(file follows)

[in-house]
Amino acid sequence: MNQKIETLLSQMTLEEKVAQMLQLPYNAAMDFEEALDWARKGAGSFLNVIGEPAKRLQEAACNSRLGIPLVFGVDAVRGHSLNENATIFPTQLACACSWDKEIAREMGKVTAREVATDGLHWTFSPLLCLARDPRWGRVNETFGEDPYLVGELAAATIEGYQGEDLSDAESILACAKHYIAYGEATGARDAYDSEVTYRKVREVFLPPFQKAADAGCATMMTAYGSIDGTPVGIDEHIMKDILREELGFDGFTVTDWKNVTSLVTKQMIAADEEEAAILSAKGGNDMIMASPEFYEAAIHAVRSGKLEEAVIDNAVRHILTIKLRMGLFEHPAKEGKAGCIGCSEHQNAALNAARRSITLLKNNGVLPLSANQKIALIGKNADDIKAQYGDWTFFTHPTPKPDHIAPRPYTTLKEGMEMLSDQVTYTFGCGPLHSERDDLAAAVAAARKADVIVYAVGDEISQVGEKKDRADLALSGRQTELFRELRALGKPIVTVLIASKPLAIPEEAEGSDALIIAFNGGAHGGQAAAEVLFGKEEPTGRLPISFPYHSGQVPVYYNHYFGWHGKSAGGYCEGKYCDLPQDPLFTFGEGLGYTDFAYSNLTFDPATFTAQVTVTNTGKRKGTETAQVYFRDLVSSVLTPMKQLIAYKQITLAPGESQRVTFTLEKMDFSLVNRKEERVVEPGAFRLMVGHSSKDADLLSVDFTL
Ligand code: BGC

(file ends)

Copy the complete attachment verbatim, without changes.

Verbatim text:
[in-house]
Amino acid sequence: MNQKIETLLSQMTLEEKVAQMLQLPYNAAMDFEEALDWARKGAGSFLNVIGEPAKRLQEAACNSRLGIPLVFGVDAVRGHSLNENATIFPTQLACACSWDKEIAREMGKVTAREVATDGLHWTFSPLLCLARDPRWGRVNETFGEDPYLVGELAAATIEGYQGEDLSDAESILACAKHYIAYGEATGARDAYDSEVTYRKVREVFLPPFQKAADAGCATMMTAYGSIDGTPVGIDEHIMKDILREELGFDGFTVTDWKNVTSLVTKQMIAADEEEAAILSAKGGNDMIMASPEFYEAAIHAVRSGKLEEAVIDNAVRHILTIKLRMGLFEHPAKEGKAGCIGCSEHQNAALNAARRSITLLKNNGVLPLSANQKIALIGKNADDIKAQYGDWTFFTHPTPKPDHIAPRPYTTLKEGMEMLSDQVTYTFGCGPLHSERDDLAAAVAAARKADVIVYAVGDEISQVGEKKDRADLALSGRQTELFRELRALGKPIVTVLIASKPLAIPEEAEGSDALIIAFNGGAHGGQAAAEVLFGKEEPTGRLPISFPYHSGQVPVYYNHYFGWHGKSAGGYCEGKYCDLPQDPLFTFGEGLGYTDFAYSNLTFDPATFTAQVTVTNTGKRKGTETAQVYFRDLVSSVLTPMKQLIAYKQITLAPGESQRVTFTLEKMDFSLVNRKEERVVEPGAFRLMVGHSSKDADLLSVDFTL
Ligand code: BGC